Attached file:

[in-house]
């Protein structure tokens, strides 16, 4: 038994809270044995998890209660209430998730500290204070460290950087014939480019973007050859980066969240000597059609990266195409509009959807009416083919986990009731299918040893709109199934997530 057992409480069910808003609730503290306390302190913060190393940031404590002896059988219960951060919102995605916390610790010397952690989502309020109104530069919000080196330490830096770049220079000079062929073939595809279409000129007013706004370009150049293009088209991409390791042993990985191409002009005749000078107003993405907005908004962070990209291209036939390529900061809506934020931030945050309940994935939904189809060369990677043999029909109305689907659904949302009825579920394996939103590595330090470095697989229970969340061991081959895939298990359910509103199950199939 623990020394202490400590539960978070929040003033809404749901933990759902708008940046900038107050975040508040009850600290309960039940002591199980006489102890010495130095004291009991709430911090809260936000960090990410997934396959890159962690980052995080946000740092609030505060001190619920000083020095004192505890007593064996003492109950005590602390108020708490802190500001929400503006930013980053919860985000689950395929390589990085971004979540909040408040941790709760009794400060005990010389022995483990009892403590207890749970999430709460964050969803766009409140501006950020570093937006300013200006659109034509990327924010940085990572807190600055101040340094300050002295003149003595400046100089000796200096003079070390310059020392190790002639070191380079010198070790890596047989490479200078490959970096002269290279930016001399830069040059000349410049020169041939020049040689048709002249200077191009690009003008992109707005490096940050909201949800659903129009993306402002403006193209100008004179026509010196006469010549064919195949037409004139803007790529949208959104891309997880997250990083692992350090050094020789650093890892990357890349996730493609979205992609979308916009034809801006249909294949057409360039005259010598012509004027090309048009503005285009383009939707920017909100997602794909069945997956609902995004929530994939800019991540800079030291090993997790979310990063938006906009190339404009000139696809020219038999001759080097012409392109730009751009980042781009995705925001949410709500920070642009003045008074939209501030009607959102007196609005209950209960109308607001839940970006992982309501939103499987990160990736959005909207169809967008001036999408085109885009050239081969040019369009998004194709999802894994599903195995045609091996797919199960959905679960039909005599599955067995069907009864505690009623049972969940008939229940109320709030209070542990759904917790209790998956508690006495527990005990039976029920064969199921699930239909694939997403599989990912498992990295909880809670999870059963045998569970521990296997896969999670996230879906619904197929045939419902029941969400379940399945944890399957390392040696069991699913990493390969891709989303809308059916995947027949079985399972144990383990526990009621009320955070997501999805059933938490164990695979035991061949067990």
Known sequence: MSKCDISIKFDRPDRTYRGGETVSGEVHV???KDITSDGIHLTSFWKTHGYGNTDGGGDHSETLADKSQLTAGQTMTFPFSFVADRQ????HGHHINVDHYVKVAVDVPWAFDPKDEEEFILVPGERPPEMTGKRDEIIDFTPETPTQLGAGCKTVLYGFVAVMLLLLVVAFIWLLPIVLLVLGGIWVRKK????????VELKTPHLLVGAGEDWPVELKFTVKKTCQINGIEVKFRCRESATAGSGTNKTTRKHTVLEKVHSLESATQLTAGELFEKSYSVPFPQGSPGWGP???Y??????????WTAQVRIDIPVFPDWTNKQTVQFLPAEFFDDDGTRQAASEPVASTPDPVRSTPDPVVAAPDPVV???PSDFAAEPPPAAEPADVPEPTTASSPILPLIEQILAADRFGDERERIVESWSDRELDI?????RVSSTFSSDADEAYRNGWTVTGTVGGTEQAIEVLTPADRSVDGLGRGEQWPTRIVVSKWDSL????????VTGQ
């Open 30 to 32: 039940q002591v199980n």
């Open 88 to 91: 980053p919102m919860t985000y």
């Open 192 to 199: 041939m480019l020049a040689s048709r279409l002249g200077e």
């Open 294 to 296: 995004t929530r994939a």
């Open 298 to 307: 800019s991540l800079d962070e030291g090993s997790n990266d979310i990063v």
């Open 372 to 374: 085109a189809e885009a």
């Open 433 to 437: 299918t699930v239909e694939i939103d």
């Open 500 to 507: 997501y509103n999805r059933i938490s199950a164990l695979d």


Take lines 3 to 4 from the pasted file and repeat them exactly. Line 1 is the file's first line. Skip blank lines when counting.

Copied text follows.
Known sequence: MSKCDISIKFDRPDRTYRGGETVSGEVHV???KDITSDGIHLTSFWKTHGYGNTDGGGDHSETLADKSQLTAGQTMTFPFSFVADRQ????HGHHINVDHYVKVAVDVPWAFDPKDEEEFILVPGERPPEMTGKRDEIIDFTPETPTQLGAGCKTVLYGFVAVMLLLLVVAFIWLLPIVLLVLGGIWVRKK????????VELKTPHLLVGAGEDWPVELKFTVKKTCQINGIEVKFRCRESATAGSGTNKTTRKHTVLEKVHSLESATQLTAGELFEKSYSVPFPQGSPGWGP???Y??????????WTAQVRIDIPVFPDWTNKQTVQFLPAEFFDDDGTRQAASEPVASTPDPVRSTPDPVVAAPDPVV???PSDFAAEPPPAAEPADVPEPTTASSPILPLIEQILAADRFGDERERIVESWSDRELDI?????RVSSTFSSDADEAYRNGWTVTGTVGGTEQAIEVLTPADRSVDGLGRGEQWPTRIVVSKWDSL????????VTGQ
């Open 30 to 32: 039940q002591v199980n």